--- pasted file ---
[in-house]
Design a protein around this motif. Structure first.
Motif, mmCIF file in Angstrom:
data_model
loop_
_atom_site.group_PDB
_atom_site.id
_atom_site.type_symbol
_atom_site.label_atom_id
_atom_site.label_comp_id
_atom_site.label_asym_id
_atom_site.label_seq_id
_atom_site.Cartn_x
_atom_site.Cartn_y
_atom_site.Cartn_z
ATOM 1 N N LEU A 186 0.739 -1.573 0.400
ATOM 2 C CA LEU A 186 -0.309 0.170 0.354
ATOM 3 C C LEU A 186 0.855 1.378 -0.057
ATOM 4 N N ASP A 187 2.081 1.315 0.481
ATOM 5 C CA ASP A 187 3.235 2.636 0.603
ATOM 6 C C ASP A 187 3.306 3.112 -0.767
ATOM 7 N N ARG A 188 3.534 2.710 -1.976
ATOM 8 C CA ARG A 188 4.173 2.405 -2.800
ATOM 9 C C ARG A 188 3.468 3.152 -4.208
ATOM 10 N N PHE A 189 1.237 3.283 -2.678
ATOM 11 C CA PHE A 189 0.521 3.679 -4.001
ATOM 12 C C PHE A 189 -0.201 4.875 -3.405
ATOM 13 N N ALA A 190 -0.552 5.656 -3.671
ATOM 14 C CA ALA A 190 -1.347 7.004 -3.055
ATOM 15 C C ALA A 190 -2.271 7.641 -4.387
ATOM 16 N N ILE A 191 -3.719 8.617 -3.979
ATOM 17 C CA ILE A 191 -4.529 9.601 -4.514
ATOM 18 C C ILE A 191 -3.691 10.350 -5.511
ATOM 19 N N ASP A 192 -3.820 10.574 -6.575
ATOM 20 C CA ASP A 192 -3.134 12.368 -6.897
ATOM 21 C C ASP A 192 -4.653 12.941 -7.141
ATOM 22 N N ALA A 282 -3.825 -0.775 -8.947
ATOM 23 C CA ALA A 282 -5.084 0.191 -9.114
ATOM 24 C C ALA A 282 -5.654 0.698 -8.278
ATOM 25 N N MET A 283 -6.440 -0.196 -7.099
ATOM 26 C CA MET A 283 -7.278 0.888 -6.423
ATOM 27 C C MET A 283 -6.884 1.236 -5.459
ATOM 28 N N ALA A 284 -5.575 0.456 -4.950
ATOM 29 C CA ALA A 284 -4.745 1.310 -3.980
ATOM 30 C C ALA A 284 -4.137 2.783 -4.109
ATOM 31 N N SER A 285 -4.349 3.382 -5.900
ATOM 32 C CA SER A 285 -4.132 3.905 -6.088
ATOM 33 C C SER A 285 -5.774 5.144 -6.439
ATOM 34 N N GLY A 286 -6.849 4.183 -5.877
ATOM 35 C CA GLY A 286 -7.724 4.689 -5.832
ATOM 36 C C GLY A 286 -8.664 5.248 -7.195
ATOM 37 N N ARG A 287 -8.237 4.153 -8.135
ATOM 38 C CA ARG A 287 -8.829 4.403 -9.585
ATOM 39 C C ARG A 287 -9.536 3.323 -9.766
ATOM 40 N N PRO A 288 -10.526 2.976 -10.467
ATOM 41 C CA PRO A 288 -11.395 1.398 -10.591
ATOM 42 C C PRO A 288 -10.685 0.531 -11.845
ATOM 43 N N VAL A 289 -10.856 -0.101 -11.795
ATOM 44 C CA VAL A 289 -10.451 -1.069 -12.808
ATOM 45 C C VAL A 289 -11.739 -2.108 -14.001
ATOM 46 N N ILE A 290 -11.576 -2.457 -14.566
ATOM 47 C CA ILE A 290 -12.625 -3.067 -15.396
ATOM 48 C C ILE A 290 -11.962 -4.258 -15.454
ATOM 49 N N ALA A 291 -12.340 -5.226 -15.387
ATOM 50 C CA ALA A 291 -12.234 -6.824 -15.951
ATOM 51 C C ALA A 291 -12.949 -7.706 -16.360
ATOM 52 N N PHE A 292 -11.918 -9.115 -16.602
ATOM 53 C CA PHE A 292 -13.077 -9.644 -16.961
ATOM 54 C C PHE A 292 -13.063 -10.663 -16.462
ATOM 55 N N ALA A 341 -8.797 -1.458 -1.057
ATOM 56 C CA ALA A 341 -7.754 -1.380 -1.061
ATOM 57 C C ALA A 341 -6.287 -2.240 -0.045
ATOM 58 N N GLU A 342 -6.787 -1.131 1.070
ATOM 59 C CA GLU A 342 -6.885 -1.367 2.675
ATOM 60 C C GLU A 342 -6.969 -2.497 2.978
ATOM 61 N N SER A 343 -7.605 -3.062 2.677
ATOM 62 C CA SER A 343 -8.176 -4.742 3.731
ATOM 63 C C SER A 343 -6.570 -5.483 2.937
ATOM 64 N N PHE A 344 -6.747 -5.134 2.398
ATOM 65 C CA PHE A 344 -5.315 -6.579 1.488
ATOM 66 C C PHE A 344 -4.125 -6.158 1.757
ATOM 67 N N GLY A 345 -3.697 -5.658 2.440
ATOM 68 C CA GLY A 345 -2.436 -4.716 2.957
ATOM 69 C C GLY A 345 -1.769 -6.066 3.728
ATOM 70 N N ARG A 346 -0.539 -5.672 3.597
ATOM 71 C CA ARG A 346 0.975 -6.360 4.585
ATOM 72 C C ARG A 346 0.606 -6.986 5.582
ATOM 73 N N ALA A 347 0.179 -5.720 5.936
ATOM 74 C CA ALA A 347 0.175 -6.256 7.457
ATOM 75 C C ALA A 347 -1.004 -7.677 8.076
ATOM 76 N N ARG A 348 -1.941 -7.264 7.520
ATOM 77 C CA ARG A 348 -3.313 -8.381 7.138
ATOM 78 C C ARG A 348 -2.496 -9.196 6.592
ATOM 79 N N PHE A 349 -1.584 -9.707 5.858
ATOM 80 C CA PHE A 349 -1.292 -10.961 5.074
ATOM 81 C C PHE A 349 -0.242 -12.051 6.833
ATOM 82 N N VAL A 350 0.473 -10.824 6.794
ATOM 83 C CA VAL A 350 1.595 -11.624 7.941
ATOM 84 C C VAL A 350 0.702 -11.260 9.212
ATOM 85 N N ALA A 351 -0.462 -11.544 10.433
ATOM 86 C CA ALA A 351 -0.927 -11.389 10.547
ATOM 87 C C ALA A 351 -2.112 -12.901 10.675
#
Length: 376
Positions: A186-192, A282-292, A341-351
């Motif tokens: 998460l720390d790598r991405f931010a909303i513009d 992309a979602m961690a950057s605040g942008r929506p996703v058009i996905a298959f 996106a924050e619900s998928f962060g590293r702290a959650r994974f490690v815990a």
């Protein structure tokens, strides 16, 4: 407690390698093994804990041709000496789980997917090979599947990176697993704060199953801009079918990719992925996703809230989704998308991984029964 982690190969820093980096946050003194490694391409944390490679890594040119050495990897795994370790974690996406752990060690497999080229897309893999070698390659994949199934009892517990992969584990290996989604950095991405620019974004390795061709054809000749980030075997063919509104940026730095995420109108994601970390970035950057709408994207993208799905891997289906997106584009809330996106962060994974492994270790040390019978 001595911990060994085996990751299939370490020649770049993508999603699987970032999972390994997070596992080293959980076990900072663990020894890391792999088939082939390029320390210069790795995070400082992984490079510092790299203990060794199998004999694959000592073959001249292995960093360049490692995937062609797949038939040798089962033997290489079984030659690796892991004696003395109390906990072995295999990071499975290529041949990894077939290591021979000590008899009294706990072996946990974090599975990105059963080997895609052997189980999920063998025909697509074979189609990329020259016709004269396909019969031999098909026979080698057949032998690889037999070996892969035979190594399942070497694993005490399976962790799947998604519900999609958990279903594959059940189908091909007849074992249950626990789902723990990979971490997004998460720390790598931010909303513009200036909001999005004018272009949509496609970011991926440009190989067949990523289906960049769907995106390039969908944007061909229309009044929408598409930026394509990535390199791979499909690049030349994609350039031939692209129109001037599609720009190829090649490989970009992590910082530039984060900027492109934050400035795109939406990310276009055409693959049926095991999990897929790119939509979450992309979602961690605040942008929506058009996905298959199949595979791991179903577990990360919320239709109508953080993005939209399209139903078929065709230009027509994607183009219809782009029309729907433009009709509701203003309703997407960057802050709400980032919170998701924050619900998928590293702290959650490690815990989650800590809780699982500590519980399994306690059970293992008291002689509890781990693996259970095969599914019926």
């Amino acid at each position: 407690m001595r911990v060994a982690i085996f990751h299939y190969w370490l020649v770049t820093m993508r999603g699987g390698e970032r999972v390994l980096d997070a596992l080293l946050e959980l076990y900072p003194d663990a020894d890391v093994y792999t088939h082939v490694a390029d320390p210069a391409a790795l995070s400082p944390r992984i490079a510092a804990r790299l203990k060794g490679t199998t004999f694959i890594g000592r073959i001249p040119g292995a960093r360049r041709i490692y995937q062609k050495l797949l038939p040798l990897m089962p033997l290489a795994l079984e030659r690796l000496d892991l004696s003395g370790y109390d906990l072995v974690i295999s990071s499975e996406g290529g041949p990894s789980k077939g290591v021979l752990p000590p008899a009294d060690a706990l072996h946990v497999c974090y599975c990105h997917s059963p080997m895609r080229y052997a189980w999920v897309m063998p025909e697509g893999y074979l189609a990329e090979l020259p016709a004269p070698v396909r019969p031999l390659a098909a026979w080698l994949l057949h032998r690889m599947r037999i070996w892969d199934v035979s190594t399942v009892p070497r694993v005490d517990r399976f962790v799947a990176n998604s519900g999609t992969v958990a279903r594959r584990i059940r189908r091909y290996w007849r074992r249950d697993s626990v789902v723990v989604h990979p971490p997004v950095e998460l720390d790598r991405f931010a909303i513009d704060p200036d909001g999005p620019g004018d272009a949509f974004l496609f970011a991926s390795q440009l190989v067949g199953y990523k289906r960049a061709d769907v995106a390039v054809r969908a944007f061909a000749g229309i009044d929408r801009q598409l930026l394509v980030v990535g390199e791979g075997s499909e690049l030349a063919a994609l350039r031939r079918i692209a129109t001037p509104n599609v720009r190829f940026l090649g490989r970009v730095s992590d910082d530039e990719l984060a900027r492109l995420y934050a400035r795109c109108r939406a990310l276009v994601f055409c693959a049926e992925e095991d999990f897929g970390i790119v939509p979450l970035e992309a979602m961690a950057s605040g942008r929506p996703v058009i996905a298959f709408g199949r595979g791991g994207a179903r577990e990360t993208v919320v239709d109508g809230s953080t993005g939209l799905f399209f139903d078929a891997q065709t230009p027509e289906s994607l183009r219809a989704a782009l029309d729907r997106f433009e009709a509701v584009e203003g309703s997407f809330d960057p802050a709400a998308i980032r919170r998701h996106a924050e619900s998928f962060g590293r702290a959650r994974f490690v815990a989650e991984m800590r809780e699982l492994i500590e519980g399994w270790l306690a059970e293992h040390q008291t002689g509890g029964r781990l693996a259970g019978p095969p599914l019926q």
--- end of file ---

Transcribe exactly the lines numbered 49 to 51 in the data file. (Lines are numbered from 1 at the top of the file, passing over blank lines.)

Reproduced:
ATOM 34 N N GLY A 286 -6.849 4.183 -5.877
ATOM 35 C CA GLY A 286 -7.724 4.689 -5.832
ATOM 36 C C GLY A 286 -8.664 5.248 -7.195